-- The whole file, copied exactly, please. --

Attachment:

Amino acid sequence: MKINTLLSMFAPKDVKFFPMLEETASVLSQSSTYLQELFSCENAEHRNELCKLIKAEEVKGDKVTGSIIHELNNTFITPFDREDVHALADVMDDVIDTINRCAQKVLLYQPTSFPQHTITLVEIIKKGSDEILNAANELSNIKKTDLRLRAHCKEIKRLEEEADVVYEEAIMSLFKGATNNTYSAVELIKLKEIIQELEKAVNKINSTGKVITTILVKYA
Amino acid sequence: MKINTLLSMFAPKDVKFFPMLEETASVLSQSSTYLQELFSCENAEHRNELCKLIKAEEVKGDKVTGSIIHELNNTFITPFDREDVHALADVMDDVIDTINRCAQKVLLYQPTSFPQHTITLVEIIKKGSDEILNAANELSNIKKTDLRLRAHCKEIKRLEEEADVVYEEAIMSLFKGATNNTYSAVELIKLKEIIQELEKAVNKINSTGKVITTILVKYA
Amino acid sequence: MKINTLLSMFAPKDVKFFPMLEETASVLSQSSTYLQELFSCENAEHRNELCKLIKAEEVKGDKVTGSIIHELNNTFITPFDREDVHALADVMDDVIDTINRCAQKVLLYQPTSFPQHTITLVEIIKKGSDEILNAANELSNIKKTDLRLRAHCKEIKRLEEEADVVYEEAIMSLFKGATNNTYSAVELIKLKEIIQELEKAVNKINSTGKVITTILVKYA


Amino acid sequence: MKINTLLSMFAPKDVKFFPMLEETASVLSQSSTYLQELFSCENAEHRNELCKLIKAEEVKGDKVTGSIIHELNNTFITPFDREDVHALADVMDDVIDTINRCAQKVLLYQPTSFPQHTITLVEIIKKGSDEILNAANELSNIKKTDLRLRAHCKEIKRLEEEADVVYEEAIMSLFKGATNNTYSAVELIKLKEIIQELEKAVNKINSTGKVITTILVKYA
Amino acid sequence: MKINTLLSMFAPKDVKFFPMLEETASVLSQSSTYLQELFSCENAEHRNELCKLIKAEEVKGDKVTGSIIHELNNTFITPFDREDVHALADVMDDVIDTINRCAQKVLLYQPTSFPQHTITLVEIIKKGSDEILNAANELSNIKKTDLRLRAHCKEIKRLEEEADVVYEEAIMSLFKGATNNTYSAVELIKLKEIIQELEKAVNKINSTGKVITTILVKYA
Amino acid sequence: MKINTLLSMFAPKDVKFFPMLEETASVLSQSSTYLQELFSCENAEHRNELCKLIKAEEVKGDKVTGSIIHELNNTFITPFDREDVHALADVMDDVIDTINRCAQKVLLYQPTSFPQHTITLVEIIKKGSDEILNAANELSNIKKTDLRLRAHCKEIKRLEEEADVVYEEAIMSLFKGATNNTYSAVELIKLKEIIQELEKAVNKINSTGKVITTILVKYA